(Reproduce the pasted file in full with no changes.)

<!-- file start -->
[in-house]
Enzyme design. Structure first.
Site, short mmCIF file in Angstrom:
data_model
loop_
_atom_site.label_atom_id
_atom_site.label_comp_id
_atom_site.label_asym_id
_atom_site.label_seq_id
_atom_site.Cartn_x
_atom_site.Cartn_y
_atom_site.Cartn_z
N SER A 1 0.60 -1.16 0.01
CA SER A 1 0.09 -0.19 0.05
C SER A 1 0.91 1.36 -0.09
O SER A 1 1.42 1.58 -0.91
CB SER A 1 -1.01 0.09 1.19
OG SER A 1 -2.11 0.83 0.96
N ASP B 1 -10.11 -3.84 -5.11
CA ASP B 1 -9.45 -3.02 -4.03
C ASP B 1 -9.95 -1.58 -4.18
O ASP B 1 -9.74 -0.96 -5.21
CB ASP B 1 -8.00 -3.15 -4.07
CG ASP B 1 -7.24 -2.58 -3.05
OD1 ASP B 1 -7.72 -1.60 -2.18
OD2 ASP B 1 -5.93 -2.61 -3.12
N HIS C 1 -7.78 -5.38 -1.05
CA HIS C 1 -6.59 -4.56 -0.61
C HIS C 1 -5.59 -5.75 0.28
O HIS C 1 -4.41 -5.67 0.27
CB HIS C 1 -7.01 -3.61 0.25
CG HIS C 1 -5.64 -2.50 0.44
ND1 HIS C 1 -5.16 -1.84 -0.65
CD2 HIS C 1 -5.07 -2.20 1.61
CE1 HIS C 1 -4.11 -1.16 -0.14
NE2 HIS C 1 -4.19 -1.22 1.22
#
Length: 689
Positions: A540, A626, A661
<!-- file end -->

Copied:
[in-house]
Enzyme design. Structure first.
Site, short mmCIF file in Angstrom:
data_model
loop_
_atom_site.label_atom_id
_atom_site.label_comp_id
_atom_site.label_asym_id
_atom_site.label_seq_id
_atom_site.Cartn_x
_atom_site.Cartn_y
_atom_site.Cartn_z
N SER A 1 0.60 -1.16 0.01
CA SER A 1 0.09 -0.19 0.05
C SER A 1 0.91 1.36 -0.09
O SER A 1 1.42 1.58 -0.91
CB SER A 1 -1.01 0.09 1.19
OG SER A 1 -2.11 0.83 0.96
N ASP B 1 -10.11 -3.84 -5.11
CA ASP B 1 -9.45 -3.02 -4.03
C ASP B 1 -9.95 -1.58 -4.18
O ASP B 1 -9.74 -0.96 -5.21
CB ASP B 1 -8.00 -3.15 -4.07
CG ASP B 1 -7.24 -2.58 -3.05
OD1 ASP B 1 -7.72 -1.60 -2.18
OD2 ASP B 1 -5.93 -2.61 -3.12
N HIS C 1 -7.78 -5.38 -1.05
CA HIS C 1 -6.59 -4.56 -0.61
C HIS C 1 -5.59 -5.75 0.28
O HIS C 1 -4.41 -5.67 0.27
CB HIS C 1 -7.01 -3.61 0.25
CG HIS C 1 -5.64 -2.50 0.44
ND1 HIS C 1 -5.16 -1.84 -0.65
CD2 HIS C 1 -5.07 -2.20 1.61
CE1 HIS C 1 -4.11 -1.16 -0.14
NE2 HIS C 1 -4.19 -1.22 1.22
#
Length: 689
Positions: A540, A626, A661